Guide: Leaving an inheritance vs gifting during your lifetime

Guide: Leaving an inheritance vs gifting during your lifetime

Have you thought about how you’ll pass wealth on to those who are important to you? Traditionally, this has been done through inheritance, but it’s becoming more common to gift during your lifetime.

Our latest guide explains why more families are choosing to gift during their lifetime and the pros and cons of each option. Whichever option you decide is right for you, our guide will enable you to fully understand your situation and make sure your wishes are carried out, and will explain everything from writing a will to calculating the long-term impact of gifting.

It can be difficult to think about how you’ll pass on wealth to loved ones, but it’s important to set out a plan.

Download Leaving an inheritance vs gifting during your lifetime to discover the steps you should take.

If you have any questions about passing on wealth, please contact us.

Investment market update: July 2021

Investment market update: July 2021

The pandemic recovery continues to pick up pace in economies around the world. However, there are still reasons to be cautious and signs suggest the pace of growth is beginning to slow in some regions.

According to the OECD (Organisation for Economic Co-operation and Development), the recovery is picking up for leading economies as vaccination progress means their lockdown measures are beginning to be eased. However, the IMF (International Monetary Fund) has warned that a failure to support poor countries fight Covid-19 could cost the global economy $4.5 trillion (£3.24 trillion) by 2025.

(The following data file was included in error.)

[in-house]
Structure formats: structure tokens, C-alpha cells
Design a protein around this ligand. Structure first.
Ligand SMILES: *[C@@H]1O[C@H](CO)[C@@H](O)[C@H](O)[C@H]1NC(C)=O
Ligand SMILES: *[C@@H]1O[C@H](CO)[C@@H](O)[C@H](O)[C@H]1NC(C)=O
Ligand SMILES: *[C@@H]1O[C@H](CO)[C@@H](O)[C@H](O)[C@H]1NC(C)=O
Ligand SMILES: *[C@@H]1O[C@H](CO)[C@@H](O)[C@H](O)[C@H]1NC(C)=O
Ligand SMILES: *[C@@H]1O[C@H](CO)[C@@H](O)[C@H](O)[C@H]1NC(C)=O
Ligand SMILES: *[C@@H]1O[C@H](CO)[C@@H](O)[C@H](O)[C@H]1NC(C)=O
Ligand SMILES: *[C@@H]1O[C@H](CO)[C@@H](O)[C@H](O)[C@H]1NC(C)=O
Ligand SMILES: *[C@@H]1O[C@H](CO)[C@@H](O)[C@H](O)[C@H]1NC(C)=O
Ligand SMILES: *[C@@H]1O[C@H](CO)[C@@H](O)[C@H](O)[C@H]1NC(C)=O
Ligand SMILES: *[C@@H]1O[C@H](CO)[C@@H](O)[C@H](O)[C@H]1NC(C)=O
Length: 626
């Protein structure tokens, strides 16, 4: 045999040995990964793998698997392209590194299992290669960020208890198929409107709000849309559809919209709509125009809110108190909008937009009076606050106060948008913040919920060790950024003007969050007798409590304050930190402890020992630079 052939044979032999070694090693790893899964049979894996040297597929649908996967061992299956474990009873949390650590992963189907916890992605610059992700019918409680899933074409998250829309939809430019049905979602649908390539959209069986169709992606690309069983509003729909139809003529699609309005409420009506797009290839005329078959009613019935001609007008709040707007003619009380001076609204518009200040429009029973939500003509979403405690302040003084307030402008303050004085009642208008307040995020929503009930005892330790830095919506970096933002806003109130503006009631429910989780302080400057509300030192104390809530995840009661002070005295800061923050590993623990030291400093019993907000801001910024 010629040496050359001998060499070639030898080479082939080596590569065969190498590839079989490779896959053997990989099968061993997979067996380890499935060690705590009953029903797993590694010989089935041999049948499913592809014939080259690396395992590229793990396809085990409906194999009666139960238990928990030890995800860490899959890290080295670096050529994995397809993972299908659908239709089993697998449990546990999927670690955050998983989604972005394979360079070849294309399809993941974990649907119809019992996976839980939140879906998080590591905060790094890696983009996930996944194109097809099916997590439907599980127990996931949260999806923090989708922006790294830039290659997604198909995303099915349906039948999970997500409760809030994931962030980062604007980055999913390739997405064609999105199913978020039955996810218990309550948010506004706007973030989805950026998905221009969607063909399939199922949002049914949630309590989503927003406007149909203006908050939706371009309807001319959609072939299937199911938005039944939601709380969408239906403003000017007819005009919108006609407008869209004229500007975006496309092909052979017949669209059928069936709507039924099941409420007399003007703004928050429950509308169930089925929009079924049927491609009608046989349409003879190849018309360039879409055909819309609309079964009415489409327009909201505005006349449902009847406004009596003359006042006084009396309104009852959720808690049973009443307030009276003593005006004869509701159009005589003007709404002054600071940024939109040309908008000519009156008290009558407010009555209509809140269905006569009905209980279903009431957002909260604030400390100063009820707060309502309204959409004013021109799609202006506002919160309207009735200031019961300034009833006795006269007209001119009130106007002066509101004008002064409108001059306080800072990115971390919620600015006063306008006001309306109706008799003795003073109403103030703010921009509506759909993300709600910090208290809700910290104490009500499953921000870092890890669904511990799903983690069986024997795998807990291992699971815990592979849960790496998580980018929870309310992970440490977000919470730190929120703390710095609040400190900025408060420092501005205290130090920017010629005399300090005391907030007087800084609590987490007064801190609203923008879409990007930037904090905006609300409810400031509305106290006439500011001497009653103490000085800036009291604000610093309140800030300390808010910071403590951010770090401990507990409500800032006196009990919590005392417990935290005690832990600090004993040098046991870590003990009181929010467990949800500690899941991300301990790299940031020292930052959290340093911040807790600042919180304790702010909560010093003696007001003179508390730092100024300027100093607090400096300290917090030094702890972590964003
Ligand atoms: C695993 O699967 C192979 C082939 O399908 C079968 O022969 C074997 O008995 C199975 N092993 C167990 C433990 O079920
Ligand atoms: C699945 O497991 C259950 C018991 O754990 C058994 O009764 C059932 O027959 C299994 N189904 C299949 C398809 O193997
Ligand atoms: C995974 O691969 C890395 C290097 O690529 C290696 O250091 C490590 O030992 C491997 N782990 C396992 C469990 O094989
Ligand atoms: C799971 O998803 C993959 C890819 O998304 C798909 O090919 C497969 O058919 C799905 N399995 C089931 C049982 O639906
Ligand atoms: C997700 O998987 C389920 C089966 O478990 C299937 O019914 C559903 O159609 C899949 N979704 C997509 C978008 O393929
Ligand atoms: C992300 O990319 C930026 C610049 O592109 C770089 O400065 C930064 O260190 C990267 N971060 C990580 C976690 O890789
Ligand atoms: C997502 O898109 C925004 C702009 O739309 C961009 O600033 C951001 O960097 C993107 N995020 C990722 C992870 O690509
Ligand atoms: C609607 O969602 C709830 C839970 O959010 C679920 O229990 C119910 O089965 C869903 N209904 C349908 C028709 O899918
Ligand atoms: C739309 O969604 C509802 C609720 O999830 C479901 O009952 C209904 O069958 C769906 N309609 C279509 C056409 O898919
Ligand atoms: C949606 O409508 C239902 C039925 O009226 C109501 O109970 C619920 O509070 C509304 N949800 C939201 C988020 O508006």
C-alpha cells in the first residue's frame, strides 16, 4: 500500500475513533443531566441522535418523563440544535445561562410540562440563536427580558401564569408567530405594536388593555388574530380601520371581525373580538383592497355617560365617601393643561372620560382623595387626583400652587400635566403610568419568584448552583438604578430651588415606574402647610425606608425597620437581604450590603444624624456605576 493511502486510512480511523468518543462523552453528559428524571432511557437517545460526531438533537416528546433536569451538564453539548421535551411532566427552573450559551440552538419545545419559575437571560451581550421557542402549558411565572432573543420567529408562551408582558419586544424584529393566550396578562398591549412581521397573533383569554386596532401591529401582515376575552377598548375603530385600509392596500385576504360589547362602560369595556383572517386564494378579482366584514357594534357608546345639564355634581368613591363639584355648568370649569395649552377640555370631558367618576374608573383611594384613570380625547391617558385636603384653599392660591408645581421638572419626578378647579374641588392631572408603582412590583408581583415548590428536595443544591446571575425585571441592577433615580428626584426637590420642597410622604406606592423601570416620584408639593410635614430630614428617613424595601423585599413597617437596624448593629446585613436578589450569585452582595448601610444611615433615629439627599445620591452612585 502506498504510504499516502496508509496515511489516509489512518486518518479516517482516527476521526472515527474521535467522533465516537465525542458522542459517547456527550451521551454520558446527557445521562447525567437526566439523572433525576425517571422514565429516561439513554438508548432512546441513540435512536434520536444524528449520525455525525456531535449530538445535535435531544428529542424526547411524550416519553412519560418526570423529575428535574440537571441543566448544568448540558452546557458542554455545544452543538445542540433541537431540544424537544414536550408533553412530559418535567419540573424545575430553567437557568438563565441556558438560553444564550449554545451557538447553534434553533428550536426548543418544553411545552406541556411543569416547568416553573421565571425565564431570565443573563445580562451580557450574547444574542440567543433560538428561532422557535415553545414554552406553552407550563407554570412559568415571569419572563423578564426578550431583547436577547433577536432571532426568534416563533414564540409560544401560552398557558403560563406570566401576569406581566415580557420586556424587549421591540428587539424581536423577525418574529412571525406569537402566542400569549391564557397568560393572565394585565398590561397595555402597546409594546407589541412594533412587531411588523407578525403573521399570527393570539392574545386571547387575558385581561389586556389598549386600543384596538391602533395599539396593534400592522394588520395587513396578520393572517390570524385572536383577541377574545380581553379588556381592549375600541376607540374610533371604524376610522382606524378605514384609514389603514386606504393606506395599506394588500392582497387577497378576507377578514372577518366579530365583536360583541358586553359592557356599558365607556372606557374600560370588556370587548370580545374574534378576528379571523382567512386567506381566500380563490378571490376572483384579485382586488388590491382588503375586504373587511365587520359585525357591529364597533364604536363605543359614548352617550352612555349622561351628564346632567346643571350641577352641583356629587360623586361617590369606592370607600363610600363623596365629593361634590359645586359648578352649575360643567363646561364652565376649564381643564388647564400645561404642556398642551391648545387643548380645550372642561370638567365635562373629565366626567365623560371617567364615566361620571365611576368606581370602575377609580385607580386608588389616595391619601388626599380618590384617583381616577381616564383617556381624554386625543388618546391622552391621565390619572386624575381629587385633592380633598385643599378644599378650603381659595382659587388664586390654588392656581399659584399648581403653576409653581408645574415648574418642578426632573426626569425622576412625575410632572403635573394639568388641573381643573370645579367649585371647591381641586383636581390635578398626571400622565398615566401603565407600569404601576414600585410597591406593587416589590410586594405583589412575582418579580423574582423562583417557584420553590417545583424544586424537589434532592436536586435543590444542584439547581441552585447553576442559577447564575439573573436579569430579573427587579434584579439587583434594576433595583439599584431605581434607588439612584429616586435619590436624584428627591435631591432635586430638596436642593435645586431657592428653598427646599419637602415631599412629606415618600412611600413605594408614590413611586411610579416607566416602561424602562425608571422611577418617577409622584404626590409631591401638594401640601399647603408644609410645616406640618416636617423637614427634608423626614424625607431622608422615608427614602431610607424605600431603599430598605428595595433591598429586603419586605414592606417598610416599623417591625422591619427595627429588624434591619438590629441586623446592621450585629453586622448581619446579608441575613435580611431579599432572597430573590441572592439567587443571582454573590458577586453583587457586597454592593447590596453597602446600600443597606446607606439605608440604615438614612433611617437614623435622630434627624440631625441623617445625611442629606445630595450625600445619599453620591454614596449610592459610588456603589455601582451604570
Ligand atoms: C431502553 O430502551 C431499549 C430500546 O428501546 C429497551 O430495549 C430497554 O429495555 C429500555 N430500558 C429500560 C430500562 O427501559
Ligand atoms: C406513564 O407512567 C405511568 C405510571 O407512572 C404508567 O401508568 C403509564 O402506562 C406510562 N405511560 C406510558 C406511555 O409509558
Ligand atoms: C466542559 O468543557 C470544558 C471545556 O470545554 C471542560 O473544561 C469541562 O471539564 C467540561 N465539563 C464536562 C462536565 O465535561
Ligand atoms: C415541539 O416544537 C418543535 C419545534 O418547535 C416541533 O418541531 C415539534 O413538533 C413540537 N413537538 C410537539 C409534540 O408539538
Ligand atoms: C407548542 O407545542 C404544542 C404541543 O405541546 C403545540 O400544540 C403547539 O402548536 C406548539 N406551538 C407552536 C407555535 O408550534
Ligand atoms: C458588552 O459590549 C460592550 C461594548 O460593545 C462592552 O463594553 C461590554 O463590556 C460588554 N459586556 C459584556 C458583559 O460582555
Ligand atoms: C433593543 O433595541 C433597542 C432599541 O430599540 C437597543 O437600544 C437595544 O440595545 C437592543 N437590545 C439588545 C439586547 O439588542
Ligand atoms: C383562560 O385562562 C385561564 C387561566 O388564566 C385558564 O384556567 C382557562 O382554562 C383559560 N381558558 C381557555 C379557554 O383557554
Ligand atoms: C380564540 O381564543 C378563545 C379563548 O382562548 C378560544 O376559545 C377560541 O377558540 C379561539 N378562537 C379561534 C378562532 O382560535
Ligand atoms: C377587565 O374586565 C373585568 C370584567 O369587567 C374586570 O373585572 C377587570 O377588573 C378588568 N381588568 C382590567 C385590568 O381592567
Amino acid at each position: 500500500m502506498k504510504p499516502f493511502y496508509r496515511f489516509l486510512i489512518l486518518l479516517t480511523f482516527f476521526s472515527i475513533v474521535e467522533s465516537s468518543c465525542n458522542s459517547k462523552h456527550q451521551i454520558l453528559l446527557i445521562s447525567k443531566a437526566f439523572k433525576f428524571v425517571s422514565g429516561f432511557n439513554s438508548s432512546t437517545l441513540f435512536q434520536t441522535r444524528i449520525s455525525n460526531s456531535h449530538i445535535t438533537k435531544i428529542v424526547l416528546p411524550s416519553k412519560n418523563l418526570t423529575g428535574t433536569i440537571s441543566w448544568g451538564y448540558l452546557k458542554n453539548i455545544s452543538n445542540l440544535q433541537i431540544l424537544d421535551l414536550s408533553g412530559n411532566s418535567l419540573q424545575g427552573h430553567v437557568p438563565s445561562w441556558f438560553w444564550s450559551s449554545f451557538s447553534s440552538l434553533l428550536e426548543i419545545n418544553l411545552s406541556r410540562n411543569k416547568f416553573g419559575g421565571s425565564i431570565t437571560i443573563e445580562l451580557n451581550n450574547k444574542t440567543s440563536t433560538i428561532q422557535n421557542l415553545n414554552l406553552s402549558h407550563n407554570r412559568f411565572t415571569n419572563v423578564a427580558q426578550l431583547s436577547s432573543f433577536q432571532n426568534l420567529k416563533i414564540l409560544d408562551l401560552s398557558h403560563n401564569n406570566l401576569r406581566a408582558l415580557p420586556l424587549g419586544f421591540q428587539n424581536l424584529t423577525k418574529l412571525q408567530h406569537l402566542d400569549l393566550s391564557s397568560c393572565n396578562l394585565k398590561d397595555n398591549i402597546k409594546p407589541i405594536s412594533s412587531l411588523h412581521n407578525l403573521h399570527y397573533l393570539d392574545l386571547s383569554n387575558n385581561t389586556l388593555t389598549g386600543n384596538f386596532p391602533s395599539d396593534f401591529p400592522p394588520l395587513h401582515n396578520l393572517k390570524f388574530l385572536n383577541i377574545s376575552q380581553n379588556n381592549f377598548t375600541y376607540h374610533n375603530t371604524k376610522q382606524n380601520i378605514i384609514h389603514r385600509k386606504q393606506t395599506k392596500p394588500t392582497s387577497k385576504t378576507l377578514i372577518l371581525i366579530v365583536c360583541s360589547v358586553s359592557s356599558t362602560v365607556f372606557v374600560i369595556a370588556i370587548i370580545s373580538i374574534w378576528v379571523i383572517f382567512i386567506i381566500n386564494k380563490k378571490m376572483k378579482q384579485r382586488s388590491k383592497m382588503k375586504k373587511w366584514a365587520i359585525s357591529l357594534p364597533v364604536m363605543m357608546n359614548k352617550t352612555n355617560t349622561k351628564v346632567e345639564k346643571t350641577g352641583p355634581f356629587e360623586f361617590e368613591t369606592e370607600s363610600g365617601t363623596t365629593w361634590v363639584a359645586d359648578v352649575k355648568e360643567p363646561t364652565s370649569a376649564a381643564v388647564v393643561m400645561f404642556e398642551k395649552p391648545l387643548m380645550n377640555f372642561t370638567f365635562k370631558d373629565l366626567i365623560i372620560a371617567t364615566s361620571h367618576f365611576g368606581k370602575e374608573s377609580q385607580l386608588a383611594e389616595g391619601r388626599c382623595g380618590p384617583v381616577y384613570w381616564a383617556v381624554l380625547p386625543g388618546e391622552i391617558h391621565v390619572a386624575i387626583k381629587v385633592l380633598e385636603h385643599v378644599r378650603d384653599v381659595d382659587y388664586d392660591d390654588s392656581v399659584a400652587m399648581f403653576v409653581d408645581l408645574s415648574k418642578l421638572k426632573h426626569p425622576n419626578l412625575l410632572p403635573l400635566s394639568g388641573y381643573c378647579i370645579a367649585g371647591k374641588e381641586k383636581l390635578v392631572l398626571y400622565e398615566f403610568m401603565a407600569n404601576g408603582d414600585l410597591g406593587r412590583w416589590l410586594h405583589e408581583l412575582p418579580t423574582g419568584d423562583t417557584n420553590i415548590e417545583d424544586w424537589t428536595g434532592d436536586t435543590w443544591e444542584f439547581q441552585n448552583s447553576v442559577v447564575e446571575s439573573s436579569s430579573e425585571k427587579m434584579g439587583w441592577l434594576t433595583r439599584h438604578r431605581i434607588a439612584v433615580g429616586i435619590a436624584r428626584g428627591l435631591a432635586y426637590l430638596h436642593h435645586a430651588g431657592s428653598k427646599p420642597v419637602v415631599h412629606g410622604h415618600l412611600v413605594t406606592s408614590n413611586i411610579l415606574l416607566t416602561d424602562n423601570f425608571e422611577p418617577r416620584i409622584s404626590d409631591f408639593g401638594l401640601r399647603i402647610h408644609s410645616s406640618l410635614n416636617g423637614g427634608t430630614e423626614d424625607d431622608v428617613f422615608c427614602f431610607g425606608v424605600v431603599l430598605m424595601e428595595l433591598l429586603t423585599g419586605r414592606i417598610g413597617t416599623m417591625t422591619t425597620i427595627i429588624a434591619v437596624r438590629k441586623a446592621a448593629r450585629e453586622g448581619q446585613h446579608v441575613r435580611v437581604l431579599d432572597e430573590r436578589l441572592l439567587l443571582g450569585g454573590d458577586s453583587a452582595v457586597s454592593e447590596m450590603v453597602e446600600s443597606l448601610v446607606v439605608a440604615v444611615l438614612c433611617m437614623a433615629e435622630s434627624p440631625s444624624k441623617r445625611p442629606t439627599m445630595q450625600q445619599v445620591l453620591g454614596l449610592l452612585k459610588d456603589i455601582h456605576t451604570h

UK

The UK’s economy continues to grow, but the pace is slowing. In May, the economy expanded by 0.8%, figures from the Office for National Statistics (ONS) show. This is weaker than the 1.5% expected and means the UK economy is still 3.1% below pre-pandemic levels.

One of the challenges the government now faces is repaying debt. To provide household and business support throughout the pandemic, the government borrowed at record levels. In July, government debt interest payments were a record £8.7 billion, around three times the amount paid just a year earlier. This is partly due to government bonds being linked to inflation, which has increased as lockdown measures have lifted.

The Office for Budget Responsibility stated that UK debt stock is increasingly exposed to shocks from both inflation and interest.

July’s Freedom Day, when lockdown restrictions lifted, led to a boost for hospitality, retailers, and pub chains. In line with this, the CBI (Confederation of British Industry) reported strong retail sales in July, with in-store transactions up 23%.

CBI figures also show UK factory output surging, with new orders reaching their highest levels since the 1970s. The IHS Markit PMI (Purchasing Managers Index) for the service sector was 62.4, a slight easing from the 24-year high recorded in May, but still strong growth.

One of the challenges businesses across many sectors identified is the “pingdemic”. With members of staff needing to self-isolate, some firms are struggling to continue operating even as restrictions lift.